Get ready, people, the Fall Classic is here.
After upsetting the Phillies in the NLDS, largely due to the stellar pitching of Chris Carpenter, the St. Louis Cardinals have once more reached the World Series, and aim for championship number eleven. (I have the number memorized, thanks to the Cardinals fans living in Central/Southern Illinois.)
The Rangers, meanwhile, have shown that they don't need Cliff Lee by repeating as American League champions after never before reaching the World Series in their existence in both Washington, D.C. and the Lone Star State.
However, in spite of the offensive powerhouses playing on baseball's biggest stage, this World Series is predicted to draw fewer viewers than any World Series since 2006, the last time the Cardinals were in it. Why? It just so happens that no coastal teams are in it. Now, I know many of you are fans of the clubs on the coasts, but seriously, the Cardinals hold power over much of the Midwest, and Texas holds nearly all of the second-largest state in the nation. Yet the almighty Yankees were beaten in the ALDS by the Midwestern Detroit Tigers, the Philadelphia Phillies were shut down by the Midwestern Cardinals, and the preseason favorite Boston Red Sox crumbled and missed the playoffs entirely. In addition, all of the LCS teams were in the Central divisions except for Texas, although it is technically in the Central United States.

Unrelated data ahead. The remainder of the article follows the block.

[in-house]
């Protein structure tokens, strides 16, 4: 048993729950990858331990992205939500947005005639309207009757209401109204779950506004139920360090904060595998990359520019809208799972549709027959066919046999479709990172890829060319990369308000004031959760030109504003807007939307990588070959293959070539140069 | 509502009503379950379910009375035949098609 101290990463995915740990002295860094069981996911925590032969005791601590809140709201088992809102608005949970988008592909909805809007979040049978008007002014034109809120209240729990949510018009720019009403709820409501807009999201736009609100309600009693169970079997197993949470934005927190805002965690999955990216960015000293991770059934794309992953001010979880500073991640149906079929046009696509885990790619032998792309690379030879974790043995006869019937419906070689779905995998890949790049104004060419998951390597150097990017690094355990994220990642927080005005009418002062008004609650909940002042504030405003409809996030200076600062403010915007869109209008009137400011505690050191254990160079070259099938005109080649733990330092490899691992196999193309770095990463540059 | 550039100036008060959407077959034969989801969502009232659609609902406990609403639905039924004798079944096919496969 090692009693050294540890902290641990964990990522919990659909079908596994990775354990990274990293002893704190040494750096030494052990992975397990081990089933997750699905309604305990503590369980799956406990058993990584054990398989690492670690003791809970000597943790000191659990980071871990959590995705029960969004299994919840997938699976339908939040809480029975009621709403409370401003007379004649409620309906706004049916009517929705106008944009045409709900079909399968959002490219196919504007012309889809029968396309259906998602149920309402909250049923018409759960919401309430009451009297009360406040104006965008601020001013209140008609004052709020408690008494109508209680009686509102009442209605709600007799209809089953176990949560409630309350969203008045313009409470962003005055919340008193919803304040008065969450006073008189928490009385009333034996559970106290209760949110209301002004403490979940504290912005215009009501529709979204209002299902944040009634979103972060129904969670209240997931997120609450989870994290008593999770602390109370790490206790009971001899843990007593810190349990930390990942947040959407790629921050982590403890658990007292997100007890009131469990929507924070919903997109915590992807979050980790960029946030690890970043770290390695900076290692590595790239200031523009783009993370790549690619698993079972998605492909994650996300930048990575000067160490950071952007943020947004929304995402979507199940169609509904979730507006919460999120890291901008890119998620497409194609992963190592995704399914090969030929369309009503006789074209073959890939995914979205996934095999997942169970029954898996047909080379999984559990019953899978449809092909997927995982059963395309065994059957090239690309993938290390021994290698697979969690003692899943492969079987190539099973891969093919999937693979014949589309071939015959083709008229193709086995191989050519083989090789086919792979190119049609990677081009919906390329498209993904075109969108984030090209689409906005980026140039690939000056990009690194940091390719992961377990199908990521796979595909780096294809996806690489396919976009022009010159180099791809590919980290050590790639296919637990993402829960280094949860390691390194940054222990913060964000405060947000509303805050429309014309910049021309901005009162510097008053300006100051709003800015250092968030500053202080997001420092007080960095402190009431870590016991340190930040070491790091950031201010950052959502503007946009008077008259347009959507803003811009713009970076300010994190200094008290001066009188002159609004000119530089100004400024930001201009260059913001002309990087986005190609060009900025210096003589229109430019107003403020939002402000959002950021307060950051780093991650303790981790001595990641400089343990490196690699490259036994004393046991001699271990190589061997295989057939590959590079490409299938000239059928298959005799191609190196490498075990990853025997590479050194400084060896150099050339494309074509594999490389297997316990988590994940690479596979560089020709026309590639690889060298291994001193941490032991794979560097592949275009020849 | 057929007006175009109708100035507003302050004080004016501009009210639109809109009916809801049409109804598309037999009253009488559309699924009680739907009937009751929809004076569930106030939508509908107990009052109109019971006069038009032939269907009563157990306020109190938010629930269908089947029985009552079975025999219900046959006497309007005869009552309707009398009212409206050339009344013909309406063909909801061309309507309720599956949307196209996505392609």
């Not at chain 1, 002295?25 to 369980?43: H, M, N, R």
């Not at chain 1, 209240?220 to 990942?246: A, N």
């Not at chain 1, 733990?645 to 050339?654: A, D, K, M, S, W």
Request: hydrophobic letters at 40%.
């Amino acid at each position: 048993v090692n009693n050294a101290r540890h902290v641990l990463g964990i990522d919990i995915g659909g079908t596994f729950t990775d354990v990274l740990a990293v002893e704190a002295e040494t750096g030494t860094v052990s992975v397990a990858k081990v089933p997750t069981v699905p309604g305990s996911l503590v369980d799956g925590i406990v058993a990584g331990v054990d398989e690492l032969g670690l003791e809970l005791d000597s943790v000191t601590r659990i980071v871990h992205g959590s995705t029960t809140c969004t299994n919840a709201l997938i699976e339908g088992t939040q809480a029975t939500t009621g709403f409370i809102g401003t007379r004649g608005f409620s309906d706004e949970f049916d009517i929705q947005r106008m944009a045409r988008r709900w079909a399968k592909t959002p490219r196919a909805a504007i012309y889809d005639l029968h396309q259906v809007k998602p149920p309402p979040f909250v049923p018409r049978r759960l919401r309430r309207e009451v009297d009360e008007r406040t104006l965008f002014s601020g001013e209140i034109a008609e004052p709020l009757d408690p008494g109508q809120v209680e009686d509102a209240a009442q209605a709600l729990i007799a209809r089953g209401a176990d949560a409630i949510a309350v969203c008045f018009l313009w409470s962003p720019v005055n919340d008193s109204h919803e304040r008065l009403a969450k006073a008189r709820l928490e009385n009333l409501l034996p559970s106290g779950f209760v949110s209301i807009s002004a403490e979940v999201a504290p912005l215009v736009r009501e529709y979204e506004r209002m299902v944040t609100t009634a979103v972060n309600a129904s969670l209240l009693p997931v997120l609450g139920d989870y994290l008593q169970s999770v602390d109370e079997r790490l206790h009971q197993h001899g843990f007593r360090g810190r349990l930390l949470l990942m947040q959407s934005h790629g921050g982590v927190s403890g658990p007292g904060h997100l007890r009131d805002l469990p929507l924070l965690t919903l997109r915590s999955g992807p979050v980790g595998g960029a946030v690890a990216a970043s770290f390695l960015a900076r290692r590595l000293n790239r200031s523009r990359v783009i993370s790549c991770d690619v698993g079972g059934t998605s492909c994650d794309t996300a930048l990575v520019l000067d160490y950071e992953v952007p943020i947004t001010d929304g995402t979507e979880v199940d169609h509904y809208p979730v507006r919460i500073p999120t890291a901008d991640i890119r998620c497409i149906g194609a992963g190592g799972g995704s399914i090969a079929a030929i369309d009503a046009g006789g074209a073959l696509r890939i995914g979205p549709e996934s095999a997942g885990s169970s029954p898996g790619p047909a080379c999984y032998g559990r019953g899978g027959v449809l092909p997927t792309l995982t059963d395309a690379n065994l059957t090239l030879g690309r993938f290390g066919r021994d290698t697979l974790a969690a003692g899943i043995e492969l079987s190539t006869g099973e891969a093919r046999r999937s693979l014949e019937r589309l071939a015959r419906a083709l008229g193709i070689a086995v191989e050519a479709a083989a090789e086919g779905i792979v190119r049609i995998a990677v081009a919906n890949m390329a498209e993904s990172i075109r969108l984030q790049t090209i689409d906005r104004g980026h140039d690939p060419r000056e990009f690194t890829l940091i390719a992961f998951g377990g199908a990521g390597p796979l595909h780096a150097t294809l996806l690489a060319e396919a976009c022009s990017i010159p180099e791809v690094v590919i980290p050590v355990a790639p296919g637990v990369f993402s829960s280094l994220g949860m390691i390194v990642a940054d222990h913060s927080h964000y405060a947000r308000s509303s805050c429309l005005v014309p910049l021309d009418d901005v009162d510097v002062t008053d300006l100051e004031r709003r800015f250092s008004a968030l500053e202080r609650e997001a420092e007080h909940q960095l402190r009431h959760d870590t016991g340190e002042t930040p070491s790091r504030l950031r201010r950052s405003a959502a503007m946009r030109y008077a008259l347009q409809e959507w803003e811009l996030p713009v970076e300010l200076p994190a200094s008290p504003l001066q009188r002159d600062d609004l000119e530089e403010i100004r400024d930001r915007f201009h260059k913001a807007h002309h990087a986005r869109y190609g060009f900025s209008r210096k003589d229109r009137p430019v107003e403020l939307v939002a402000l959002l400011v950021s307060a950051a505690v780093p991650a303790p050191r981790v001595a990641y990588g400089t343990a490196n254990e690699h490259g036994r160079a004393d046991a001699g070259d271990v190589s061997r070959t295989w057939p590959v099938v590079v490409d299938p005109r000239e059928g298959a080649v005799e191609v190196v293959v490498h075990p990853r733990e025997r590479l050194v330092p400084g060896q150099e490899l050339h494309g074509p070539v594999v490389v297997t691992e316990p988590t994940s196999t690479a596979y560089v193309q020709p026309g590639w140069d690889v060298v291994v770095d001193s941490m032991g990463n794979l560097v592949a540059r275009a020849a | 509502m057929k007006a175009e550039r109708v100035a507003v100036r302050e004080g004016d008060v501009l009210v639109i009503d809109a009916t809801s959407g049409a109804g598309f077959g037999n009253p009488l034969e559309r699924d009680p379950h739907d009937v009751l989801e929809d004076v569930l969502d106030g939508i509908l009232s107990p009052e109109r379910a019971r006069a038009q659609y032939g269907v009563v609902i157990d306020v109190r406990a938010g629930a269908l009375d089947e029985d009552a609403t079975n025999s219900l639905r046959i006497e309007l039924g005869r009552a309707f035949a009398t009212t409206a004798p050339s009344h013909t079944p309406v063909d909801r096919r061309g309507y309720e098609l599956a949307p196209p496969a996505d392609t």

So here's a new issue for you guys to discuss besides bronies: Why do teams not based on the coasts get so little respect, even when they make it to baseball's biggest stage?